Plummer, S. -B., Makris, S., & Brocksen, S. M. (Eds.). (2014). Baltimore, MD: Laureate International Universities Publishing. [Vital Source e-reader].
“The Johnson Family” (pp. 11–13)
The Johnson Family
Talia is a 19-year-old heterosexual Caucasian female, who is a junior majoring in psychology and minoring in English. She has a GPA of 3.89 and has been on the dean’s list several times over the last 3 years. She has written a couple of short articles for the university’s newspaper on current events around campus and is active in her sorority, Kappa Delta. She works part time (10–15 hours a week) at an accessory store. Talia recently moved off campus to an apartment with two close friends from her sorority. She is physically active and runs approximately three miles a day. She also goes to the university’s gym a couple of days a week for strength training. Talia does not use drugs, although she has smoked marijuana a few times in her life. She drinks a few times a week, often going out with friends one day during the week and then again on Friday and Saturday nights. When she is out with friends, Talia usually has about four to six drinks. She prefers to drink beer over hard liquor or wine, but will occasionally have a mixed drink.
Talia has no criminal history. She reports a history of anxiety in her family (on her mother’s side), and on a few occasions has experienced heart palpitations, which her mother told her was due to nervousness. This happened only a handful of times in the past and usually when Talia was “very stressed out,” so Talia had never felt the need to go to the doctor or talk to someone about it until now. Talia is currently not dating anyone. She was in a relationship for years, but it ended a few months ago. She had since been “hooking up” with a guy in one of her English classes, but does not feel it will turn into anything serious and has not seen him in several weeks.
Talia’s parents, Erin (40) and Dave (43), and her siblings, Lila (16) and Nathan (14), live 2 hours away from the university. Erin works at a salon as a hairdresser, and Dave is retired military and works for a home security company. Erin is on a low-dose antidepressant for anxiety, something she has been treated for all of her life.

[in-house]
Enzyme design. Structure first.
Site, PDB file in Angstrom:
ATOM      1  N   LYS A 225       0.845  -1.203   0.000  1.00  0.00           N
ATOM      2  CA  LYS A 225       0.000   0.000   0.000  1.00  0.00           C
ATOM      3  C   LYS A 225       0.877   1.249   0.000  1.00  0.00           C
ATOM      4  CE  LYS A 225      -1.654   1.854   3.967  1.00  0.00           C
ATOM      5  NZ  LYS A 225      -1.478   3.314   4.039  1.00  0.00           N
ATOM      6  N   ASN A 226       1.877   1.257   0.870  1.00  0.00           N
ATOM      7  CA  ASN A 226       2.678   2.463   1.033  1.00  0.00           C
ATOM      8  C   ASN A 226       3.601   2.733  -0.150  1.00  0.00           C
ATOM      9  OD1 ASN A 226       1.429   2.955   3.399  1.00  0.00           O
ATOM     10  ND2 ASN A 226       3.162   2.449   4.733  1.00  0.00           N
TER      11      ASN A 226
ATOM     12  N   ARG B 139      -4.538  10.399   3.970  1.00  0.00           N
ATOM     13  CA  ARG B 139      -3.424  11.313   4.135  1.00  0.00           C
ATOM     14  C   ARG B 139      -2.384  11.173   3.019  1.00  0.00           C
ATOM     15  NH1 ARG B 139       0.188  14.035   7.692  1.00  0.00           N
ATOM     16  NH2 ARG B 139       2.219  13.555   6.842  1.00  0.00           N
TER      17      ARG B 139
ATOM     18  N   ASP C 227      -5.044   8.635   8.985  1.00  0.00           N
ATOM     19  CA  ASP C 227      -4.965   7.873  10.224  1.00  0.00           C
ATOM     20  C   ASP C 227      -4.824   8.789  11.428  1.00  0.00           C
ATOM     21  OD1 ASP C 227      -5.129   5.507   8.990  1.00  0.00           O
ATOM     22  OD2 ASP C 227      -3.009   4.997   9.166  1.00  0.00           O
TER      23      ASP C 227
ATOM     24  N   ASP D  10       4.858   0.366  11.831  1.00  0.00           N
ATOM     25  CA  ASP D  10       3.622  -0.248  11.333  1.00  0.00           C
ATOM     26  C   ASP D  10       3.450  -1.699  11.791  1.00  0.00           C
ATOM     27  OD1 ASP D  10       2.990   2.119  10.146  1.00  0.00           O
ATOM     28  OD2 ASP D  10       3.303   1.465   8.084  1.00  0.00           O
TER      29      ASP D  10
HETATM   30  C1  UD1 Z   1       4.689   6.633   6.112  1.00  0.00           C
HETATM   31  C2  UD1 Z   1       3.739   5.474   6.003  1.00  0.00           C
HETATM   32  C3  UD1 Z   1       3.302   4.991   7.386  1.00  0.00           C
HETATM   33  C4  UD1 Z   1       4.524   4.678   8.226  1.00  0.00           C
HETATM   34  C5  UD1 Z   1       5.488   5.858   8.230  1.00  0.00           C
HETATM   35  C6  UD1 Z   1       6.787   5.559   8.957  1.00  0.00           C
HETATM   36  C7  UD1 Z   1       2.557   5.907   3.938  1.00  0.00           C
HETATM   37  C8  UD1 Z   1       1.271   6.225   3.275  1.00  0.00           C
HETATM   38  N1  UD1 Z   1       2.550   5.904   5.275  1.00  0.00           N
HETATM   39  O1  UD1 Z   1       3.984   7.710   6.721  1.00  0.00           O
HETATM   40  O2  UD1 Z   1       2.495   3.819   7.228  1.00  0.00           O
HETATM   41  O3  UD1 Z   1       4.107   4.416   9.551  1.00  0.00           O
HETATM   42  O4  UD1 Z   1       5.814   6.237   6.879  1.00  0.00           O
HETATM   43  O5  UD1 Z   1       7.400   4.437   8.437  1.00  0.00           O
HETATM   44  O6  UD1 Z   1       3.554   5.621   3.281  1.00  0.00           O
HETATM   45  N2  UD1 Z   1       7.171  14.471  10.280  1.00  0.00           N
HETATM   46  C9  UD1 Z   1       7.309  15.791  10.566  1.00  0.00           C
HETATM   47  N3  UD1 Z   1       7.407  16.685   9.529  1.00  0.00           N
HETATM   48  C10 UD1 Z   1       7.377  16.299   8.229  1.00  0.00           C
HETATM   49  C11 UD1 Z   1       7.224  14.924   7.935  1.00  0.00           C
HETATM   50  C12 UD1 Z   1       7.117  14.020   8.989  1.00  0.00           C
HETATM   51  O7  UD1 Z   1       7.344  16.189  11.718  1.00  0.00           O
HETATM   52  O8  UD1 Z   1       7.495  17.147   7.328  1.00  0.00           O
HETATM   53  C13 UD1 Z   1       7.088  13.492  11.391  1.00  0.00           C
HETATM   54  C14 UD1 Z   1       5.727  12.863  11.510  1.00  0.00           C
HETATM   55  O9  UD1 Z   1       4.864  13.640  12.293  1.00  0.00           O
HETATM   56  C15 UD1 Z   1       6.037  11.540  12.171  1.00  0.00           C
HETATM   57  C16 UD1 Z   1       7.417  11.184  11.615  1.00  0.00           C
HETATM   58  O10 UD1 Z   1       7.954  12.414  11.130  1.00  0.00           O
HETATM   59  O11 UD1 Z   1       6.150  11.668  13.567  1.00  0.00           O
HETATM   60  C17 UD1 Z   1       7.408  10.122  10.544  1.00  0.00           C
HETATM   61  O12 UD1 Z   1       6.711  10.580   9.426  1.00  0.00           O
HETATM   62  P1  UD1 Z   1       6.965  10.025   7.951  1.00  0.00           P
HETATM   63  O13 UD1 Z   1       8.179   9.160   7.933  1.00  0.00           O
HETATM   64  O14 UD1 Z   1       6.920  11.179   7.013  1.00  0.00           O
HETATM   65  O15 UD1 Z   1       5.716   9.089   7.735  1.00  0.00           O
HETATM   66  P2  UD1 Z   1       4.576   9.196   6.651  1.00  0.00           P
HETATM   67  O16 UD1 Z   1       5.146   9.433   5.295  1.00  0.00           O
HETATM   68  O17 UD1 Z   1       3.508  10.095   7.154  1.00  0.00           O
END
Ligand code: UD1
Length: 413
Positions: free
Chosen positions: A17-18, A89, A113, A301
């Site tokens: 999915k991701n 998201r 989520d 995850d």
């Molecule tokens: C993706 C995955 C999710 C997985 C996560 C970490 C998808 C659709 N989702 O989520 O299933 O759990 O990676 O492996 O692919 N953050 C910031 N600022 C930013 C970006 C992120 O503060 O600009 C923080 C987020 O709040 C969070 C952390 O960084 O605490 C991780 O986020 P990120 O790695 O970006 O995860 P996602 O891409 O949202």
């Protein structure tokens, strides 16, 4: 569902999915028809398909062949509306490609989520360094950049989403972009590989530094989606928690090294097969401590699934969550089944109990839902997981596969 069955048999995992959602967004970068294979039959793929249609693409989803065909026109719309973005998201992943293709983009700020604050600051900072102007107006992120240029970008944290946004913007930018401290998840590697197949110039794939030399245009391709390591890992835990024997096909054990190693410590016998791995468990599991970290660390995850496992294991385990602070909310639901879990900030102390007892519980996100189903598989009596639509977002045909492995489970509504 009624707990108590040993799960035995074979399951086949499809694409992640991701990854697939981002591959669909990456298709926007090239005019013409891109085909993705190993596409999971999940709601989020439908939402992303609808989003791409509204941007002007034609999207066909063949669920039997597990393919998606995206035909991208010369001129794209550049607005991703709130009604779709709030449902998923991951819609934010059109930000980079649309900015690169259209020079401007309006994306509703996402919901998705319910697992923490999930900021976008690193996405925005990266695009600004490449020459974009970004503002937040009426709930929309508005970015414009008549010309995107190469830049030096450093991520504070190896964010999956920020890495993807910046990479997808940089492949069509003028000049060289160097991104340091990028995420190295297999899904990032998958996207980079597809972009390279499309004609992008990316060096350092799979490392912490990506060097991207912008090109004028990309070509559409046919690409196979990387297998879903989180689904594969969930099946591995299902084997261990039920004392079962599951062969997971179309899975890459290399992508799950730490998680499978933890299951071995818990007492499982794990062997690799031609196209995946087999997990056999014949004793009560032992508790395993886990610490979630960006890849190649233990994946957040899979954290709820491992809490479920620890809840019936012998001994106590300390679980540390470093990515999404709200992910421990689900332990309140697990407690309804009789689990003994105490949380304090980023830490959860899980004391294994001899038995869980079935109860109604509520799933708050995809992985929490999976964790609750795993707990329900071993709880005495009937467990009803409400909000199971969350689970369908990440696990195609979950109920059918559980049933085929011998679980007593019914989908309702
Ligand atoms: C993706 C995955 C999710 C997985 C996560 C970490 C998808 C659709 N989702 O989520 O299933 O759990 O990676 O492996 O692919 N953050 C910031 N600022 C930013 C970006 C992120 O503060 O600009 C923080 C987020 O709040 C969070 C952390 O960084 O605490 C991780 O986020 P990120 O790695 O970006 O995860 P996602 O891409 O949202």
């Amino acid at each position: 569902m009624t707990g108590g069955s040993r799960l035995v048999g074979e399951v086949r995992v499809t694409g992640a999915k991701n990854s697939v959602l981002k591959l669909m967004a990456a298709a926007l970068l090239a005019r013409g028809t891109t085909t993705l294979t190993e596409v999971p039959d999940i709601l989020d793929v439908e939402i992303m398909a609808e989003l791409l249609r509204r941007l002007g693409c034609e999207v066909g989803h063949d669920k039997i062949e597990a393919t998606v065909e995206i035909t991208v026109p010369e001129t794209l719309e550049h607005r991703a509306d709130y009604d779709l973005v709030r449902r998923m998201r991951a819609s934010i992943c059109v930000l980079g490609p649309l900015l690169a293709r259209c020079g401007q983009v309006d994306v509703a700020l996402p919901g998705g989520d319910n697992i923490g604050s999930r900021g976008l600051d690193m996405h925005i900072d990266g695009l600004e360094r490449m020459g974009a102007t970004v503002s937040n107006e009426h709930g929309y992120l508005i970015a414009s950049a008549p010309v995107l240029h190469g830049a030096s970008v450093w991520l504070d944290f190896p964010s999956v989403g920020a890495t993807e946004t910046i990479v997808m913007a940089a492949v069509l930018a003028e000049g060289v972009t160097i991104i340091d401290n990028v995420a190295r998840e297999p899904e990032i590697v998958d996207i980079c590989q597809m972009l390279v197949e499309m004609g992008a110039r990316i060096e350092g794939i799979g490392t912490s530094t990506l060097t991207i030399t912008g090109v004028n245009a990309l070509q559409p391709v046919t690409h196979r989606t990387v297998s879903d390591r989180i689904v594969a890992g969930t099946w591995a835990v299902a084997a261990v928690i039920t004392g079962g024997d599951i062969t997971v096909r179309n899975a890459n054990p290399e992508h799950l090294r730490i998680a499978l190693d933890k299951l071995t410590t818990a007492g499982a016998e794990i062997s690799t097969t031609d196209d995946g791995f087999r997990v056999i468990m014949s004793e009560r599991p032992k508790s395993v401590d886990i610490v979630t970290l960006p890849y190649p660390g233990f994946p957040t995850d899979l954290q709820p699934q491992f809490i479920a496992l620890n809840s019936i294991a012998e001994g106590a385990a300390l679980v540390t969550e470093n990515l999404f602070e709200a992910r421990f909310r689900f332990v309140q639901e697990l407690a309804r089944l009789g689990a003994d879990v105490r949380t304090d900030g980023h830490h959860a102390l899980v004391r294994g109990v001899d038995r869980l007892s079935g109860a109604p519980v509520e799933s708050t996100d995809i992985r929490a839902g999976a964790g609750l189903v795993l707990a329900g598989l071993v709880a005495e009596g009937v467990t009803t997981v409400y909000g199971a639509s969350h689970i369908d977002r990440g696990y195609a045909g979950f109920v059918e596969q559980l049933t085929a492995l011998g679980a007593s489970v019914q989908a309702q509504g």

Talia came to see me at the Rape Counseling Center (RCC) on campus for services after she was sexually assaulted at a fraternity party 3 weeks prior. She told me she had thought she could handle her feelings after the assault, but she had since experienced a number of emotions and behaviors she could no longer ignore. She was not sleeping, she felt sad most days, she had stopped going out with friends, and she had been unable to concentrate on schoolwork. Talia stated that the most significant issues she had faced since the assault had been recurrent anxiety attacks.
Talia learned about the RCC when she went to the hospital after the sexual assault. She went to the hospital to request that a rape kit be completed and also requested the morning-after pill and the HIV prevention protocol (Post-Exposure Prophylaxis, or PEP). At that time, a nurse contacted me through the Sexual Assault Response Team (SART) to provide Talia with support and resources. I spent several hours with Talia at the hospital while she went through the examination process. Talia shared bits and pieces of the evening with me, although she said most of the night was a blur. She said a good-looking guy named Eric was flirting with her all night and bringing her drinks. She did not want to seem ungrateful and enjoyed his company, so she drank. She also mentioned that the drinks were made with hard liquor, something that tends to make her drunk faster than beer. She said that at one point she blacked out and has no idea what happened. She woke up naked in a room alone the next morning, and she went straight to the hospital. Once Talia was done at the hospital, I gave her the contact information for RCC. I encouraged her to call if she had any questions or needed to talk with someone.